With Pac-12 basketball well underway, I decided to provide an update to my pre-season conference power rankings. Yesterday, I revealed the teams I believe make up the bottom of the Pac-12, and today, I will be discussing those I believe are in the top half.
6. Arizona (10-3, 4-3 Pac-12)
What a turbulent season it has been for the Wildcats. In late December, the school self-imposed a one-year postseason ban due to numerous NCAA violations relating to college basketball recruiting. Two weeks later, junior guard Jemarl Baker, who scored 29 points against Stanford, suffered a season-ending wrist fracture.
Even through the struggles, Arizona has performed about how I expected. The Wildcats are undoubtedly missing their four stars from last season — guard Nico Mannion, guard Josh Green, forward Zeke Nnaji and guard Max Hazzard — but certain players have stepped up to the extent they can. Junior guard James Akinjo is contributing 13.5 points and 5.7 assists per contest and has become the leader of the Arizona offense. The freshmen have also performed as well as head coach Sean Miller could possibly hope. Freshman guard Benedict Mathurin and freshman forward Azuolas Tubelis have found their way into the starting lineup and both are averaging double figures. Mathurin has been steadily improving as the season has progressed, scoring 31 points and securing eight rebounds in the most recent contest against Oregon State.
Overall, this is a good Arizona team, and despite a postseason ban and the injury of Baker, the Wildcats have a solid chance of finishing in the top half of the Pac-12.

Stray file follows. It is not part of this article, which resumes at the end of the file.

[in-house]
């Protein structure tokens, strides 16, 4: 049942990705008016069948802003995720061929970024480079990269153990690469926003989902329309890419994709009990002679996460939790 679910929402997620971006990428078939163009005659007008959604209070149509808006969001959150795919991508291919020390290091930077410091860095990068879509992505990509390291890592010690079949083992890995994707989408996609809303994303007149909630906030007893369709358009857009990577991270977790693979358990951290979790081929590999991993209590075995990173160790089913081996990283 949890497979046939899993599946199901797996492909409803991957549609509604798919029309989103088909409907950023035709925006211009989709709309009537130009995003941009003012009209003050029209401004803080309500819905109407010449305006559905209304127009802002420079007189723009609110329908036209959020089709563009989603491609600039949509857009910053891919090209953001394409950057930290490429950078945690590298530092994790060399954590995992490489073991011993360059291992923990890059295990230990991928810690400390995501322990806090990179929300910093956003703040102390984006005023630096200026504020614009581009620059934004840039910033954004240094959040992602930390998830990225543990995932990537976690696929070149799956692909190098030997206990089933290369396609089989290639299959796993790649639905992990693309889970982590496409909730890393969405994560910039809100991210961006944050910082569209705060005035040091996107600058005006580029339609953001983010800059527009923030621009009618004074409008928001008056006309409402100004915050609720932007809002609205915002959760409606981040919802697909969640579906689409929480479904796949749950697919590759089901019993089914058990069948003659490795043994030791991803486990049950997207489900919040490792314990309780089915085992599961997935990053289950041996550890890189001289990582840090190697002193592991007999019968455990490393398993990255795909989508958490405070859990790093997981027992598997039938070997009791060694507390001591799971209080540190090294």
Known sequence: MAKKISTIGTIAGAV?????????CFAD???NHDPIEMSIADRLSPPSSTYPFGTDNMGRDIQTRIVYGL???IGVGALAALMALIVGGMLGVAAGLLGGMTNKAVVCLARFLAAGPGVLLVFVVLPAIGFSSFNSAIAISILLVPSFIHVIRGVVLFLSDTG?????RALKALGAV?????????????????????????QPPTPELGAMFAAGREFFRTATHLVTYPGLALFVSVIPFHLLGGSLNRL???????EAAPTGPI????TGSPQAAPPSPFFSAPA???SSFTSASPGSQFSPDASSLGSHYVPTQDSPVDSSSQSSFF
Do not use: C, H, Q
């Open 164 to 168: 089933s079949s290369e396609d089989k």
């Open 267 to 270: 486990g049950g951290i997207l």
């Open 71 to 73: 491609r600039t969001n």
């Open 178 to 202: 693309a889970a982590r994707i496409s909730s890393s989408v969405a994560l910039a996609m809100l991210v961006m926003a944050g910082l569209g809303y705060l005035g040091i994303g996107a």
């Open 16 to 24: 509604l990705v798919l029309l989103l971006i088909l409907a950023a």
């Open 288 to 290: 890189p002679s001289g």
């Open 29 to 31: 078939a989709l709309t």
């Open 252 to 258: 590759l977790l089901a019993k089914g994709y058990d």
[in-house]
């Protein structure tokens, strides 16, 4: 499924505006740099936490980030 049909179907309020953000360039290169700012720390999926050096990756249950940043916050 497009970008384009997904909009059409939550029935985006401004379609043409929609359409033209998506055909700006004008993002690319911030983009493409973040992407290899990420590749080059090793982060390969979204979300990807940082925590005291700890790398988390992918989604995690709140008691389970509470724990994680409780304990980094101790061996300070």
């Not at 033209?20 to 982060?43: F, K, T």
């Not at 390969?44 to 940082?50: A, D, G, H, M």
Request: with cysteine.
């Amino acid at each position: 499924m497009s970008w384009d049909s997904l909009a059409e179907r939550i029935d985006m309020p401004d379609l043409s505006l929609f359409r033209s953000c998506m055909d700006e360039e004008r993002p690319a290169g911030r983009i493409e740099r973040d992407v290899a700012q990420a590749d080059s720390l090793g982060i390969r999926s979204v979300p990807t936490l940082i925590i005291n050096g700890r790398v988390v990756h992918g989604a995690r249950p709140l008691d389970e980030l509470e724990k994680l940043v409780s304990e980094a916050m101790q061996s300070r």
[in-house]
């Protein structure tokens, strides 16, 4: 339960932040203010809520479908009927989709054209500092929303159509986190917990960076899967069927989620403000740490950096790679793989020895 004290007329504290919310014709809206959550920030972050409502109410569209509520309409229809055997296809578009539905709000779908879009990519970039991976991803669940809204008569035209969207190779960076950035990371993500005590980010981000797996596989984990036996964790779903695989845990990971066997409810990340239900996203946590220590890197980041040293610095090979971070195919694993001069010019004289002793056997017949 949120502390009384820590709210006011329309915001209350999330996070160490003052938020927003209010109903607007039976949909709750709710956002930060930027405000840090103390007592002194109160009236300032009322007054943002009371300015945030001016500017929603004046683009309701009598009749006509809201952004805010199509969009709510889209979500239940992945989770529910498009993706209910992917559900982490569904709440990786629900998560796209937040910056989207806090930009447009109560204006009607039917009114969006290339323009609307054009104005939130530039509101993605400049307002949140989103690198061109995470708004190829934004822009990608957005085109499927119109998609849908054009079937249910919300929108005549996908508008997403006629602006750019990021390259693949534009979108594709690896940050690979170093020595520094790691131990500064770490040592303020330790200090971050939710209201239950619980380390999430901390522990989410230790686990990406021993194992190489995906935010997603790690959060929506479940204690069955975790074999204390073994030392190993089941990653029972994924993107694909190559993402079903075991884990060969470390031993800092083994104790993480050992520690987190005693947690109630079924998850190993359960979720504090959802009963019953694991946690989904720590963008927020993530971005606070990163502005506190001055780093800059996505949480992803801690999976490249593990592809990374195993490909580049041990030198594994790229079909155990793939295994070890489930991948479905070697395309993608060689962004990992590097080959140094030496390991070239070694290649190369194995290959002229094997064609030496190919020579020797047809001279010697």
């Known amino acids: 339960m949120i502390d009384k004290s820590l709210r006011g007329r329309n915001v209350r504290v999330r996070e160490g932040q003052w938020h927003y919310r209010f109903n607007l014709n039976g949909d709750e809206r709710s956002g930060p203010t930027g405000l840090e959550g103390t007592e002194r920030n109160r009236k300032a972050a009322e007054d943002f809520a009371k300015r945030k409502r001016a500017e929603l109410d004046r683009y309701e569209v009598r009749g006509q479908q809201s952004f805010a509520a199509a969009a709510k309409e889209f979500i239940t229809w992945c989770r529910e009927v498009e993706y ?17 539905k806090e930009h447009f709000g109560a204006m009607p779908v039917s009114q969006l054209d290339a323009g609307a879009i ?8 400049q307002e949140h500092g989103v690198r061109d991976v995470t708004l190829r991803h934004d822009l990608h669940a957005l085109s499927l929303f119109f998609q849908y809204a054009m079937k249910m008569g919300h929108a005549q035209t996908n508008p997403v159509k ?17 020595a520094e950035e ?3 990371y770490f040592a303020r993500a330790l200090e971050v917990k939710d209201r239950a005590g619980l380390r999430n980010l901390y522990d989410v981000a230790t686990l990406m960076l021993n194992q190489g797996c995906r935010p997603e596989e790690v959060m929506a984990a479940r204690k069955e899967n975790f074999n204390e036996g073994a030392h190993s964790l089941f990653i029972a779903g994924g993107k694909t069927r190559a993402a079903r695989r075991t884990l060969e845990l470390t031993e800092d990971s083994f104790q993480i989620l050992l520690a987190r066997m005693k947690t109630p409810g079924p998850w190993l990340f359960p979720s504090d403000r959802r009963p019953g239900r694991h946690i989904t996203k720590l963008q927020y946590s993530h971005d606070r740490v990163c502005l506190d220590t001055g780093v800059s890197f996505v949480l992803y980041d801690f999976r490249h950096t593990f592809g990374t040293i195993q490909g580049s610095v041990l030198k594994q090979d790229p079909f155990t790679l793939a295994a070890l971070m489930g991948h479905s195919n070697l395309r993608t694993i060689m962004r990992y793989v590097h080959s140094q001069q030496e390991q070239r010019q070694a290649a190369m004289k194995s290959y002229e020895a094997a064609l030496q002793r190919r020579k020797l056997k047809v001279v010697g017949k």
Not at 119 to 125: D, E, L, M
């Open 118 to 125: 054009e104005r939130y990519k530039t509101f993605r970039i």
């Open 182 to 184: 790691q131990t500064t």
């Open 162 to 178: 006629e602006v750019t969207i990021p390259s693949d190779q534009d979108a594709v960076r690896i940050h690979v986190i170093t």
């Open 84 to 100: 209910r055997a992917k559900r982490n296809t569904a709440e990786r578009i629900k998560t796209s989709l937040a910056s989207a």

5. Stanford (8-5, 4-3 Pac-12)
This Stanford team is eerily similar to last year’s Cardinal team, with tremendous defense but an offense that dies for extended periods of time. After defeating Alabama — a team that is currently top 20 in the NET Rankings — in the season opener, the Cardinal have failed to pick up another great win. To Stanford’s credit, its only bad loss is against Utah, but it’s the lacking offense that proved costly in winnable games against Colorado, Oregon and others.
There have been positives for the Cardinal. For one, senior forward Oscar da Silva has been dominant, averaging 19.3 points and 7.3 rebounds per contest. Freshman forward Ziaire Williams has had his highs and his lows — averaging 12.5 points per game and leading the team in assists, but also leading the squad in turnovers. Freshman contribution on the whole has been promising, as guards Michael O’Connell and Noah Taitz and forwards Brandon Angel and Max Murrell have become key components of the Cardinal rotation.